Multiphasic analysis of the temporal development of the distal gut microbiota in patients following ileal pouch anal anastomosis
1 Department of Internal Medicine, Division of Infectious Diseases, Ann Arbor, MI, USA
2 Department of Microbiology and Immunology, University of Michigan Medical School, Ann Arbor, MI, USA
3 Department of Internal Medicine, Division of Gastroenterology and Hepatology, Mayo Clinic, Rochester, MN, USA
4 Josephine Bay Paul Center, Marine Biological Laboratory, Woods Hole, MA, USA
5 Center for Microbial Ecology, Michigan State University, East Lansing, MI, USA
6 Department of Microbiology and Molecular Genetics, Michigan State University, East Lansing, MI, USA
7 Institute for Genomics and Systems Biology, Argonne National Laboratory, Argonne, IL, USA
8 Department of Medicine, Section of Gastroenterology, The University of Chicago, Knapp Center for Biomedical Discovery, Chicago, IL, USA
Microbiome 2013, 1:9 doi:10.1186/2049-2618-1-9Published: 4 March 2013
The indigenous gut microbiota are thought to play a crucial role in the development and maintenance of the abnormal inflammatory responses that are the hallmark of inflammatory bowel disease. Direct tests of the role of the gut microbiome in these disorders are typically limited by the fact that sampling of the microbiota generally occurs once disease has become manifest. This limitation could potentially be circumvented by studying patients who undergo total proctocolectomy with ileal pouch anal anastomosis (IPAA) for the definitive treatment of ulcerative colitis. A subset of patients who undergo IPAA develops an inflammatory condition known as pouchitis, which is thought to mirror the pathogenesis of ulcerative colitis. Following the development of the microbiome of the pouch would allow characterization of the microbial community that predates the development of overt disease.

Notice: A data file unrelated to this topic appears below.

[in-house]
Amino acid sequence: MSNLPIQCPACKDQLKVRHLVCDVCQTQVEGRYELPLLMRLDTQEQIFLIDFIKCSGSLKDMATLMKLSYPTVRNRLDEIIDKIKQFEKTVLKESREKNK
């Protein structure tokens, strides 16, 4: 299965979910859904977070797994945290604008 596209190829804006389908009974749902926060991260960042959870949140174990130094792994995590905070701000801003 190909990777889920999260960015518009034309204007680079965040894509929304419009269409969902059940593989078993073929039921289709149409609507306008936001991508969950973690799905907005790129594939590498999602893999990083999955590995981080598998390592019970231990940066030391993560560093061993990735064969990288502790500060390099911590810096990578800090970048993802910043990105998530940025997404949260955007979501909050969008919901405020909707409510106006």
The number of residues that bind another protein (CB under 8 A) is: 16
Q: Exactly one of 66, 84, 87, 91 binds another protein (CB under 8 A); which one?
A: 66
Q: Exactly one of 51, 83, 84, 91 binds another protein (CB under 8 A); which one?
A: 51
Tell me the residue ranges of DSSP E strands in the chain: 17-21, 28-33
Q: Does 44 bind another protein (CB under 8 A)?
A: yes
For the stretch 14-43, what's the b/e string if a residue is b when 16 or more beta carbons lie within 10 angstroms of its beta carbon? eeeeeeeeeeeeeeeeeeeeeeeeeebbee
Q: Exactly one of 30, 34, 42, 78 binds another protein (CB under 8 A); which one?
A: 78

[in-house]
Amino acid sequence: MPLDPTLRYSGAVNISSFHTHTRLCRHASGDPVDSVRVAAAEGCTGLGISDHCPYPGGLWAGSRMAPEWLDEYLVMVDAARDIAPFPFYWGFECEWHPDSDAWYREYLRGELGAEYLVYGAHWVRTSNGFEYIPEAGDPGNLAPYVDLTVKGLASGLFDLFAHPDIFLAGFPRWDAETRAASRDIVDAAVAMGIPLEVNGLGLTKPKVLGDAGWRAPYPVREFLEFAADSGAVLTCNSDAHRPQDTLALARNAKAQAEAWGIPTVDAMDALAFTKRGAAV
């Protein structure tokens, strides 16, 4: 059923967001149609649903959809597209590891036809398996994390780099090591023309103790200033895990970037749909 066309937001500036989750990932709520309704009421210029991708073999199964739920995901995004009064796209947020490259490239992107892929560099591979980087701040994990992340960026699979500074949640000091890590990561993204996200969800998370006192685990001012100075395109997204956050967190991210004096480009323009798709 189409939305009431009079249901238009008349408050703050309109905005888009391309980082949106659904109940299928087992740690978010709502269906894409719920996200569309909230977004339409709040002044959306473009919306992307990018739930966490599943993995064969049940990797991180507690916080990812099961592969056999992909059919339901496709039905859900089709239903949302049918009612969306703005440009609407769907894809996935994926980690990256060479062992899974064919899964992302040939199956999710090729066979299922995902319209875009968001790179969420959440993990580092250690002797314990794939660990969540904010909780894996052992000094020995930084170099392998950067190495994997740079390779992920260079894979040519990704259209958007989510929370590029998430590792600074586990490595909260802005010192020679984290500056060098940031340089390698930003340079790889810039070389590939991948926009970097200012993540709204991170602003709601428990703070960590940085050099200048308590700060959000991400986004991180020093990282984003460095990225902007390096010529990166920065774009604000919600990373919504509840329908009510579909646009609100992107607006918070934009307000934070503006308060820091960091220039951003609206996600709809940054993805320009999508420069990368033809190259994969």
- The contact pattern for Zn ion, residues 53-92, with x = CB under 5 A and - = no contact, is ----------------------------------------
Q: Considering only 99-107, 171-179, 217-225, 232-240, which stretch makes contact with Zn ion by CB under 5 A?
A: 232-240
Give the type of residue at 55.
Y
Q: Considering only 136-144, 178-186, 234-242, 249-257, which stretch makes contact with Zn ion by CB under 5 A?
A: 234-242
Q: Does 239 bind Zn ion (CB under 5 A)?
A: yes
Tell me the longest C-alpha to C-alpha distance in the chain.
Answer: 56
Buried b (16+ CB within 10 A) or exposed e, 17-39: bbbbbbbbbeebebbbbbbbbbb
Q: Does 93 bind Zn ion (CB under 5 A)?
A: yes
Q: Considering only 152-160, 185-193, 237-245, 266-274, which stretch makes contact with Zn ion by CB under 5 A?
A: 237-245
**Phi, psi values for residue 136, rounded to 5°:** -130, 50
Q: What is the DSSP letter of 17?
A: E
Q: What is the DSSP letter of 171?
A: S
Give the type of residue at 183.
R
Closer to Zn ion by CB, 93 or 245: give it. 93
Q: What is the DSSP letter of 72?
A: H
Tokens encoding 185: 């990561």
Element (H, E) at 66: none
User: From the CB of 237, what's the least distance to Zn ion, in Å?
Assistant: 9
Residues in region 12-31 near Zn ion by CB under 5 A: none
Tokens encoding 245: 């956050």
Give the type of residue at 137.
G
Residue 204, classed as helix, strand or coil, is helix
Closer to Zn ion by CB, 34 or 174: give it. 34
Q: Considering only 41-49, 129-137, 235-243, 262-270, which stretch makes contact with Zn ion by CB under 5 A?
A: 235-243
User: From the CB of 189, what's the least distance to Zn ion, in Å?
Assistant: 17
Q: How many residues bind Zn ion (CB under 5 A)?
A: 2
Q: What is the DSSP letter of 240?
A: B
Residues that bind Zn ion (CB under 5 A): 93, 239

We monitored the development of the pouch microbiota in four patients who underwent IPAA. Mucosal and luminal samples were obtained prior to takedown of the diverting ileostomy and compared to samples obtained 2, 4 and 8 weeks after intestinal continuity had been restored. Through the combined analysis of 16S rRNA-encoding gene amplicons, targeted 16S amplification and microbial cultivation, we observed major changes in structure and function of the pouch microbiota following ileostomy. There is a relative increase in anaerobic microorganisms with the capacity for fermentation of complex carbohydrates, which corresponds to the physical stasis of intestinal contents in the ileal pouch. Compared to the microbiome structure encountered in the colonic mucosa of healthy individuals, the pouch microbial community in three of the four individuals was quite distinct. In the fourth patient, a community that was much like that seen in a healthy colon was established, and this patient also had the most benign clinical course of the four patients, without the development of pouchitis 2 years after IPAA.
The microbiota that inhabit the ileal-anal pouch of patients who undergo IPAA for treatment of ulcerative colitis demonstrate significant structural and functional changes related to the restoration of fecal flow. Our preliminary results suggest once the pouch has assumed the physiologic role previously played by the intact colon, the precise structure and function of the pouch microbiome, relative to a normal colonic microbiota, will determine if there is establishment of a stable, healthy mucosal environment or the reinitiation of the pathogenic cascade that results in intestinal inflammation.